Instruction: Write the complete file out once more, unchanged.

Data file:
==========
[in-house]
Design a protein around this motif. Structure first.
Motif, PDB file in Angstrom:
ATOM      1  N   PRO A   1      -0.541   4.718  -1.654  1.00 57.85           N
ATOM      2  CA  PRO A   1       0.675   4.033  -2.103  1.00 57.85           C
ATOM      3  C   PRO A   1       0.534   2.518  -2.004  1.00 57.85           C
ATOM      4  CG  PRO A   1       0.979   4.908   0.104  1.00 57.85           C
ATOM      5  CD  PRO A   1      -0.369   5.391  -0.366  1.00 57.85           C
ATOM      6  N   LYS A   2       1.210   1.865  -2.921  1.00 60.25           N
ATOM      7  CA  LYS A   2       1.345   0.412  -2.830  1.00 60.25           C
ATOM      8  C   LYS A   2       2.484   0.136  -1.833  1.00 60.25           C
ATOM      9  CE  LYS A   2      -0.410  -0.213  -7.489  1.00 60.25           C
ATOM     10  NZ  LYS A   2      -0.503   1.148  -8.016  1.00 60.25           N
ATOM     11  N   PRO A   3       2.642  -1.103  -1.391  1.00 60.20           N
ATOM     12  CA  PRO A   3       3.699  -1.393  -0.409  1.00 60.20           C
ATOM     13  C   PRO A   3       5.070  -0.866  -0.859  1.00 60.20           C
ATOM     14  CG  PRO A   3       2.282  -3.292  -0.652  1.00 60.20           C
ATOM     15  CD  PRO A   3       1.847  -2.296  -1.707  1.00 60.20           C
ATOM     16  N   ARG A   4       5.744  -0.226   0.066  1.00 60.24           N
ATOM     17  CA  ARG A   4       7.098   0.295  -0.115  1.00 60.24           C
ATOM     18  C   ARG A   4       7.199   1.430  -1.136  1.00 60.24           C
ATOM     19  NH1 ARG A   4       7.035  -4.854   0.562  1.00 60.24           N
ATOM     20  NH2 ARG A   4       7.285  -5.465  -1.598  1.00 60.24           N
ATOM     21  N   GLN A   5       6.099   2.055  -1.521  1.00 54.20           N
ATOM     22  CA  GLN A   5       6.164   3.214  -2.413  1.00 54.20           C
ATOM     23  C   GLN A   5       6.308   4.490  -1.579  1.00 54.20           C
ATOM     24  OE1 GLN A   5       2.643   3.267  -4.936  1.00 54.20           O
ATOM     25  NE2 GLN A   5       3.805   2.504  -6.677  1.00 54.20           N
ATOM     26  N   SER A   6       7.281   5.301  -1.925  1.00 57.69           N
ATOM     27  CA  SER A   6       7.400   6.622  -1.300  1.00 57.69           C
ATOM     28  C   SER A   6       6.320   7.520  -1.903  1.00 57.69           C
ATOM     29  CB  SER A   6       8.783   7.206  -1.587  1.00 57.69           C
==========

[in-house]
Design a protein around this motif. Structure first.
Motif, PDB file in Angstrom:
ATOM      1  N   PRO A   1      -0.541   4.718  -1.654  1.00 57.85           N
ATOM      2  CA  PRO A   1       0.675   4.033  -2.103  1.00 57.85           C
ATOM      3  C   PRO A   1       0.534   2.518  -2.004  1.00 57.85           C
ATOM      4  CG  PRO A   1       0.979   4.908   0.104  1.00 57.85           C
ATOM      5  CD  PRO A   1      -0.369   5.391  -0.366  1.00 57.85           C
ATOM      6  N   LYS A   2       1.210   1.865  -2.921  1.00 60.25           N
ATOM      7  CA  LYS A   2       1.345   0.412  -2.830  1.00 60.25           C
ATOM      8  C   LYS A   2       2.484   0.136  -1.833  1.00 60.25           C
ATOM      9  CE  LYS A   2      -0.410  -0.213  -7.489  1.00 60.25           C
ATOM     10  NZ  LYS A   2      -0.503   1.148  -8.016  1.00 60.25           N
ATOM     11  N   PRO A   3       2.642  -1.103  -1.391  1.00 60.20           N
ATOM     12  CA  PRO A   3       3.699  -1.393  -0.409  1.00 60.20           C
ATOM     13  C   PRO A   3       5.070  -0.866  -0.859  1.00 60.20           C
ATOM     14  CG  PRO A   3       2.282  -3.292  -0.652  1.00 60.20           C
ATOM     15  CD  PRO A   3       1.847  -2.296  -1.707  1.00 60.20           C
ATOM     16  N   ARG A   4       5.744  -0.226   0.066  1.00 60.24           N
ATOM     17  CA  ARG A   4       7.098   0.295  -0.115  1.00 60.24           C
ATOM     18  C   ARG A   4       7.199   1.430  -1.136  1.00 60.24           C
ATOM     19  NH1 ARG A   4       7.035  -4.854   0.562  1.00 60.24           N
ATOM     20  NH2 ARG A   4       7.285  -5.465  -1.598  1.00 60.24           N
ATOM     21  N   GLN A   5       6.099   2.055  -1.521  1.00 54.20           N
ATOM     22  CA  GLN A   5       6.164   3.214  -2.413  1.00 54.20           C
ATOM     23  C   GLN A   5       6.308   4.490  -1.579  1.00 54.20           C
ATOM     24  OE1 GLN A   5       2.643   3.267  -4.936  1.00 54.20           O
ATOM     25  NE2 GLN A   5       3.805   2.504  -6.677  1.00 54.20           N
ATOM     26  N   SER A   6       7.281   5.301  -1.925  1.00 57.69           N
ATOM     27  CA  SER A   6       7.400   6.622  -1.300  1.00 57.69           C
ATOM     28  C   SER A   6       6.320   7.520  -1.903  1.00 57.69           C
ATOM     29  CB  SER A   6       8.783   7.206  -1.587  1.00 57.69           C